US 2521127 A
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Description (OCR text may contain errors)
Sept. 5, 195% H. N. PRICE 2,521,127
FLUID TIGHT JOINT Filed flay 8, 1948 INVENTOR. HARRY N. PRICE.
ATTURNEY ist ned Sept. 5,1950
rum) TIGHT om'r Harry N. PricaEast Paterson, N. J., assignor to Wright Aeronautical Corporation, a corporation of New York I Application May 8,1948, serial No. 25,978
This invention relates to iiuid tight tube or pipe joints and is particularly directed to'a iluid i ht Joint which does not require predetermined adjustment of a tightening member, such as a noiifitin order to insure proper assembly of the Theinvention has been designed for use in connection with oil and fuel pressure lines of aircraft engines. As will appear, however, the invention is of general application. Aircraft engines require a large number of oil and fuel lines and for reasons of assembly and fabrication a larger number of fluid tight joints are required. in said lines. Such Joints are frequently disposed in relatively inaccessible; locations on the engine. Accordingly an object of this invention comprises the provi- ,sion of a fluid tight joint which is relatively simpie to assemble and in which no portion of the Joint needs to be tightened or adjusted to make the joint fluid tight. A further object of. the invention comprises thepltovision of a fluid tight wh m. (01. 285-90) a 2 control of the external diameter of said tube than is available in commercial tubing. A collar I8 is secured to and about the swaged end 16 of the tube lfor example by brazing or welding. It is essential that the junction between the collar I8 and the tube end it be fluid tight.
' Anannular external groove 20 is machined in 1 the collar )8, the external diameter'oi the bottom of said groove being accurately controlled. The resulting channel shaped cross-section of the collar l8 provides for maximum rigidity of said collar with a minimum of material. The external diameter of the channel sides of the collar ii are slightly less than the internal diameter 01' the joint in which the joined members are secured in fluid tight relation and against separation merely by snapping a split ring into position.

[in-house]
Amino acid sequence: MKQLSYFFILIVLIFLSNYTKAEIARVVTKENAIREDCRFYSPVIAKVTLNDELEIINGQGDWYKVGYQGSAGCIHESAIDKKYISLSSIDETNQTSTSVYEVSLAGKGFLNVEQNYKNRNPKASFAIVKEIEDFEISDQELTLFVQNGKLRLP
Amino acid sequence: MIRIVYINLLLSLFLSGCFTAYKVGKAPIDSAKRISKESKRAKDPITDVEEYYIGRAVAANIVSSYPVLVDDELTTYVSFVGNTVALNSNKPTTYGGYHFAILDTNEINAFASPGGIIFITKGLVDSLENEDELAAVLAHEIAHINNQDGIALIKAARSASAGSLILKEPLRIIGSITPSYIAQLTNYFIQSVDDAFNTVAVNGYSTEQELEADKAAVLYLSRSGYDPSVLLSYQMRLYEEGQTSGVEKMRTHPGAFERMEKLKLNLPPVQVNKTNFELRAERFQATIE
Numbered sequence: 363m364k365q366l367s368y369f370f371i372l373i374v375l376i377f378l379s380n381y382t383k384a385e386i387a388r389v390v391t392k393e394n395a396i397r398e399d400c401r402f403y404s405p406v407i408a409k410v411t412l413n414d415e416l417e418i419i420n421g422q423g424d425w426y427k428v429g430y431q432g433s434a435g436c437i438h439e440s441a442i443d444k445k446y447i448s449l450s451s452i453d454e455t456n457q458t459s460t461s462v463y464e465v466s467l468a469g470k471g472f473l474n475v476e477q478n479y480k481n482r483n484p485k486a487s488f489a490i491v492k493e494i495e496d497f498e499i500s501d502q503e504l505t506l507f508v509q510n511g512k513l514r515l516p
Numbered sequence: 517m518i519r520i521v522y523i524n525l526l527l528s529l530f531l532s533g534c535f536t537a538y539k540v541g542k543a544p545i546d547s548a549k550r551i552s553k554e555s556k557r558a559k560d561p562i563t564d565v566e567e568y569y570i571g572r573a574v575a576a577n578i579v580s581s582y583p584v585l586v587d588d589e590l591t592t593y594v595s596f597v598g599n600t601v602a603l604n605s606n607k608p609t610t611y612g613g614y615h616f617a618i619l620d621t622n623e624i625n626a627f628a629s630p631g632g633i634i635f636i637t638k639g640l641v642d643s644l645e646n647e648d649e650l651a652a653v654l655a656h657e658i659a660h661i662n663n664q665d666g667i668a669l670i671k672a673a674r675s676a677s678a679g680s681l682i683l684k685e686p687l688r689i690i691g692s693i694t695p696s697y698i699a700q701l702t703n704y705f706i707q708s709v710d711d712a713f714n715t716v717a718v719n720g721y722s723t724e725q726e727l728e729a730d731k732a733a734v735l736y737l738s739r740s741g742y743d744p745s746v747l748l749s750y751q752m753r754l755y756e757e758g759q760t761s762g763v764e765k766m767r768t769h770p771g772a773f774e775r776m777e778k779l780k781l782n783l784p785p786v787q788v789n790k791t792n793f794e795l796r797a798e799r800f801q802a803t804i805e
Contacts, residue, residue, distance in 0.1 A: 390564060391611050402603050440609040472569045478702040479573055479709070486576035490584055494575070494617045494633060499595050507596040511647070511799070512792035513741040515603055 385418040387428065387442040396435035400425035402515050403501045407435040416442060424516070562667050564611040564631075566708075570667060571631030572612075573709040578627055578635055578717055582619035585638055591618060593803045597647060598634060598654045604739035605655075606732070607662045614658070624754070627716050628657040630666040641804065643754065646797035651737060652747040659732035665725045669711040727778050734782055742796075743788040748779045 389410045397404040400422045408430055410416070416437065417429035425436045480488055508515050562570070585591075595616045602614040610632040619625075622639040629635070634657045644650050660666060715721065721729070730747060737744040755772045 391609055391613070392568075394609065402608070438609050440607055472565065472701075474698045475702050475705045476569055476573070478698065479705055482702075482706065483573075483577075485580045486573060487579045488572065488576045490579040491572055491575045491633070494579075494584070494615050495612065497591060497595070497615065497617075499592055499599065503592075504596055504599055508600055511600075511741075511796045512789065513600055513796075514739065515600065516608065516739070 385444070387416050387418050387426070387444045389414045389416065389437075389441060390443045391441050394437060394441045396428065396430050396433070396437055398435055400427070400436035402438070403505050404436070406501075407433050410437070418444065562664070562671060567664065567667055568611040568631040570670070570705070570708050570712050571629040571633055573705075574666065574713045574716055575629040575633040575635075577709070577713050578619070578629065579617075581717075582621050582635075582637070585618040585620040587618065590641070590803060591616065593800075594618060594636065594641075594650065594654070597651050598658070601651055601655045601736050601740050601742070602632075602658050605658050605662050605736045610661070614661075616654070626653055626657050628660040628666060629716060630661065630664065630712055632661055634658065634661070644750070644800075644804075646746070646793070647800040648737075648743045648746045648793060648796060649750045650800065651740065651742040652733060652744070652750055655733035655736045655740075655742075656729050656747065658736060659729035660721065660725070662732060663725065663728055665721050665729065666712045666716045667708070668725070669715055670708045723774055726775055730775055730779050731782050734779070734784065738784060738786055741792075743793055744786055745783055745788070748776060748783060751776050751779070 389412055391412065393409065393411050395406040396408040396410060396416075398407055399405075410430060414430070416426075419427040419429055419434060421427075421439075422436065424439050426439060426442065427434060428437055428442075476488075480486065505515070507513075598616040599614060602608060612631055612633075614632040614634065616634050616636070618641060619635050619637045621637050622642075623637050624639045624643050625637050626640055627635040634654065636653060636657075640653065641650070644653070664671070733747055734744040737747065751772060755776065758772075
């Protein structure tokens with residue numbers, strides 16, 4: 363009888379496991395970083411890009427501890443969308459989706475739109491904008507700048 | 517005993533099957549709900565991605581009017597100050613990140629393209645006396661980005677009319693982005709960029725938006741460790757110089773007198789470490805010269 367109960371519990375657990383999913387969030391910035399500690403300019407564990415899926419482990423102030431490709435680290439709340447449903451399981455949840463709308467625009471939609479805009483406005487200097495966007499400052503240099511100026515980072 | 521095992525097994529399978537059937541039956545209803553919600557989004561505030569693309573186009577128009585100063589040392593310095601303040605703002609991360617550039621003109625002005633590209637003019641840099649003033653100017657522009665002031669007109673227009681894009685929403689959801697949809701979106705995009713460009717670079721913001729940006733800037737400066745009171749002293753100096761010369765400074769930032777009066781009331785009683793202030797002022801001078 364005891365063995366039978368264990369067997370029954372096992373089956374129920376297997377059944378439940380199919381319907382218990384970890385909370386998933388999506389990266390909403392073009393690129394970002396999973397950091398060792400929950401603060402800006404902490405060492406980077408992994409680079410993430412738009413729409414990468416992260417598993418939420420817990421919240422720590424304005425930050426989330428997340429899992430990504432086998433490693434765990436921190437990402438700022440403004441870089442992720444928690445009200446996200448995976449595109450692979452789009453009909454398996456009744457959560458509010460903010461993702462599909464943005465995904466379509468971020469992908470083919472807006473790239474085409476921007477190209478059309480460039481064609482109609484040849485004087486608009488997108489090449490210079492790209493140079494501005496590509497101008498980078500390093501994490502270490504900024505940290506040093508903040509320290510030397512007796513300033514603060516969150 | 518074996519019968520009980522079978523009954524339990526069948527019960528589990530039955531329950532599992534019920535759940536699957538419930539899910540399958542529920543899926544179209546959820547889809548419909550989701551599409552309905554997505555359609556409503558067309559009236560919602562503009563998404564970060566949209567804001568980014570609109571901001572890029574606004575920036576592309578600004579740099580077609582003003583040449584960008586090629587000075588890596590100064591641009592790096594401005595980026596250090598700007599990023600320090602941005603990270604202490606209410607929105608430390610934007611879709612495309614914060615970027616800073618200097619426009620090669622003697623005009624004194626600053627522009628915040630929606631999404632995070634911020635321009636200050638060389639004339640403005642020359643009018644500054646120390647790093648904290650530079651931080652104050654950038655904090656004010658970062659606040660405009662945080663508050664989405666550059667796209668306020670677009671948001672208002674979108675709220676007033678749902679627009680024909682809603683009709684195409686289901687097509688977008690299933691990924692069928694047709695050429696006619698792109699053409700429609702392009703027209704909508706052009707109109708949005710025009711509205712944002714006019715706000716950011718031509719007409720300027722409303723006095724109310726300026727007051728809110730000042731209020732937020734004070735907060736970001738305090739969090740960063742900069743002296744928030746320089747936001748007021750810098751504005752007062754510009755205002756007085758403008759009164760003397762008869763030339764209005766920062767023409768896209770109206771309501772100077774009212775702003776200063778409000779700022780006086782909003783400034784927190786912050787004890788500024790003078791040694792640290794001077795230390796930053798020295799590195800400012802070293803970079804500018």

A stilliurther object of this invention comprises the provlsionof a fluid tight Joint in which the joined members are not rigidly connected together mechanically. In accordance with the present invention the Joint has limited axial and angular freedom whereby small variations in the length and. angularity oi thejoined members do not w. "swon said members. In adc'li um oi space and is light in weight, both of these features quite important i'onany device intended for-aircraft use.
Other objects of theinvention will bear -nt upon rea the annexed 11 2; dein connection with the drawing in a 1 teen sectional view of a joint inc 1: I 0g e13 is sectionaiview Q is an i view 'n to Figure 1 but oi a modification oi the inventionr o fe r ively thin wall tube It for conveying a fluid under t e to or from abody member i2 ds into a cylindrical chamber or here l4 wi said body member. The inner end of the tube 6 I; HIE sllihfly, as ted at it, to-provide a more'accurate bore or chamber it thereby permitting slight misalinement or angularlty of the tube iii and body member li. An annular packing ring 22 of re silient rubber-like material is disposed within the groove ill, between the bottom of said groove and the adjacent internal wall of the chamber or. bore It, 1 I As illustrated in the exploded view of Figure 3, the packing ring 22, in its free condition, has a circular cross-section and has a free internal diameterwhich is slightly smaller than the diameter oi the bottom of the? groove all and has a free external diameter which is slightly larger than the'internal diameter of the chamber or bore it. As used in the specification and claims, by free condition and free diameter" of the packing ring 22 is meant the condition and diameter,